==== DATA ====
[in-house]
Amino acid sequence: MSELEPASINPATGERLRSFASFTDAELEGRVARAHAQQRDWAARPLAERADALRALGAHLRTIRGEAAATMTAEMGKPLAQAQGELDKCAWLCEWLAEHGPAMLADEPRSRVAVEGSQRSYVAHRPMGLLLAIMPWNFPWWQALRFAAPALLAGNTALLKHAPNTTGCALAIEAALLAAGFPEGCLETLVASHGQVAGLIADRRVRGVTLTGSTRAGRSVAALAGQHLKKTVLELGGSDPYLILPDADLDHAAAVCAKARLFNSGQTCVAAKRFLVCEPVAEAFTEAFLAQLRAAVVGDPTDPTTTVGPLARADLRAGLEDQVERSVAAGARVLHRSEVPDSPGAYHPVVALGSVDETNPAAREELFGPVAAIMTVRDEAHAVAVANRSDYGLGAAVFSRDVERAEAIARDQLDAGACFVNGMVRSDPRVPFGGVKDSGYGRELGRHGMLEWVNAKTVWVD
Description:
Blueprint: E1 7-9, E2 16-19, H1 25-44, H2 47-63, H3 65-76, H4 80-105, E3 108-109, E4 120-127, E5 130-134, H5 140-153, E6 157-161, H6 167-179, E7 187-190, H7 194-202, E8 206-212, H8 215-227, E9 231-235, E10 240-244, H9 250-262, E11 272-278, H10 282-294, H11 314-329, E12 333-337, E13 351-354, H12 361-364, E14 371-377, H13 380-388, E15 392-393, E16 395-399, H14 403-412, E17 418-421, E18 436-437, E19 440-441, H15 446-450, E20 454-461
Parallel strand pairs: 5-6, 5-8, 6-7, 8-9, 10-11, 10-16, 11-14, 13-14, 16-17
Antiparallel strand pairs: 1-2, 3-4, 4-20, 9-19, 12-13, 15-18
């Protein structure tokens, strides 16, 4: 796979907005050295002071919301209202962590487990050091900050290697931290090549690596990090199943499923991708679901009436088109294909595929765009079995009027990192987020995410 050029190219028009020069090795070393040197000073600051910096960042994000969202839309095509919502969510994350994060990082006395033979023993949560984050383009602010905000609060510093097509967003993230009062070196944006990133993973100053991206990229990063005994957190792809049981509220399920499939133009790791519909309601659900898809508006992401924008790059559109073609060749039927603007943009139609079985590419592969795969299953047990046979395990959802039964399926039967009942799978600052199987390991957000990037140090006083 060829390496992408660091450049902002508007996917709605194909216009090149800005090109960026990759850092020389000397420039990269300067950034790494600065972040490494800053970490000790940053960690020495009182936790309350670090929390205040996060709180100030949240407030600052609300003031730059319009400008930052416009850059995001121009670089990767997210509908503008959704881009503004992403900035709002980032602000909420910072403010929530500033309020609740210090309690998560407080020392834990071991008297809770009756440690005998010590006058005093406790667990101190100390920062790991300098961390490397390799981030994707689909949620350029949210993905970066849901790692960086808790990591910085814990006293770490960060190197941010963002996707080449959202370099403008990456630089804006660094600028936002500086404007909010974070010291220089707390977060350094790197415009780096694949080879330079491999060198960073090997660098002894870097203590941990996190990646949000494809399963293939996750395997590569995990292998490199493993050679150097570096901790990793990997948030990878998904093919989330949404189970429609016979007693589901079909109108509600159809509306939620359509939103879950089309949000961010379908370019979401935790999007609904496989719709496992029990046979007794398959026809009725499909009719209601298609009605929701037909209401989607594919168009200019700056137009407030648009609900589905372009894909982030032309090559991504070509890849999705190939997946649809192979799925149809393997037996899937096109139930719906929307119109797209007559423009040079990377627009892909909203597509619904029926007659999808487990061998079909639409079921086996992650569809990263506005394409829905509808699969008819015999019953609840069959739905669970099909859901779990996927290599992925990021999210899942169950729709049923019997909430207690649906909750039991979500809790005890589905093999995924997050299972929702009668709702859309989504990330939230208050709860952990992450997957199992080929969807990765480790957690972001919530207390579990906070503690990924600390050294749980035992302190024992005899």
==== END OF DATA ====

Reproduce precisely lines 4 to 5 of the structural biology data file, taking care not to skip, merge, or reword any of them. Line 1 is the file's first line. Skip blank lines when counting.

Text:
Blueprint: E1 7-9, E2 16-19, H1 25-44, H2 47-63, H3 65-76, H4 80-105, E3 108-109, E4 120-127, E5 130-134, H5 140-153, E6 157-161, H6 167-179, E7 187-190, H7 194-202, E8 206-212, H8 215-227, E9 231-235, E10 240-244, H9 250-262, E11 272-278, H10 282-294, H11 314-329, E12 333-337, E13 351-354, H12 361-364, E14 371-377, H13 380-388, E15 392-393, E16 395-399, H14 403-412, E17 418-421, E18 436-437, E19 440-441, H15 446-450, E20 454-461
Parallel strand pairs: 5-6, 5-8, 6-7, 8-9, 10-11, 10-16, 11-14, 13-14, 16-17